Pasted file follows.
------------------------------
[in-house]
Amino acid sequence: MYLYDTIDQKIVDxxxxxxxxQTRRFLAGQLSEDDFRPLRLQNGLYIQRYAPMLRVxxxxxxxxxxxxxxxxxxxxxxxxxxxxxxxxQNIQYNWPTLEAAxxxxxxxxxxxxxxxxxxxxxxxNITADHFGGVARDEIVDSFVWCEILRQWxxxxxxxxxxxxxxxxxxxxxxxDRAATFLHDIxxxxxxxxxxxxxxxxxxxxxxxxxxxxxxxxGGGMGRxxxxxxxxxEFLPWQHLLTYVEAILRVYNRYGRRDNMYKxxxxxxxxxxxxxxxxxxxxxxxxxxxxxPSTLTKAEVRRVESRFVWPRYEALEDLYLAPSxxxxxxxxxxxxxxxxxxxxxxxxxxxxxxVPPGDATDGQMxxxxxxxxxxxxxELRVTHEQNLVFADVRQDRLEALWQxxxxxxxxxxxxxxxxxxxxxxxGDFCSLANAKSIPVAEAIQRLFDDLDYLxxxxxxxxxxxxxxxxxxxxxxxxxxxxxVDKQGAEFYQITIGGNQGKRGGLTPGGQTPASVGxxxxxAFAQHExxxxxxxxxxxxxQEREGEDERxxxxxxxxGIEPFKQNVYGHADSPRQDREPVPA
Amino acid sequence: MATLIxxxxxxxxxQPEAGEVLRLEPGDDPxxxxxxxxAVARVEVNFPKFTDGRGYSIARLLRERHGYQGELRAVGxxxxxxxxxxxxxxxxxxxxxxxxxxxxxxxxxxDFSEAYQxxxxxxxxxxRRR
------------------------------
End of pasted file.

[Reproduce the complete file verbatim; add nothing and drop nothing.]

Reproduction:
[in-house]
Amino acid sequence: MYLYDTIDQKIVDxxxxxxxxQTRRFLAGQLSEDDFRPLRLQNGLYIQRYAPMLRVxxxxxxxxxxxxxxxxxxxxxxxxxxxxxxxxQNIQYNWPTLEAAxxxxxxxxxxxxxxxxxxxxxxxNITADHFGGVARDEIVDSFVWCEILRQWxxxxxxxxxxxxxxxxxxxxxxxDRAATFLHDIxxxxxxxxxxxxxxxxxxxxxxxxxxxxxxxxGGGMGRxxxxxxxxxEFLPWQHLLTYVEAILRVYNRYGRRDNMYKxxxxxxxxxxxxxxxxxxxxxxxxxxxxxPSTLTKAEVRRVESRFVWPRYEALEDLYLAPSxxxxxxxxxxxxxxxxxxxxxxxxxxxxxxVPPGDATDGQMxxxxxxxxxxxxxELRVTHEQNLVFADVRQDRLEALWQxxxxxxxxxxxxxxxxxxxxxxxGDFCSLANAKSIPVAEAIQRLFDDLDYLxxxxxxxxxxxxxxxxxxxxxxxxxxxxxVDKQGAEFYQITIGGNQGKRGGLTPGGQTPASVGxxxxxAFAQHExxxxxxxxxxxxxQEREGEDERxxxxxxxxGIEPFKQNVYGHADSPRQDREPVPA
Amino acid sequence: MATLIxxxxxxxxxQPEAGEVLRLEPGDDPxxxxxxxxAVARVEVNFPKFTDGRGYSIARLLRERHGYQGELRAVGxxxxxxxxxxxxxxxxxxxxxxxxxxxxxxxxxxDFSEAYQxxxxxxxxxxRRR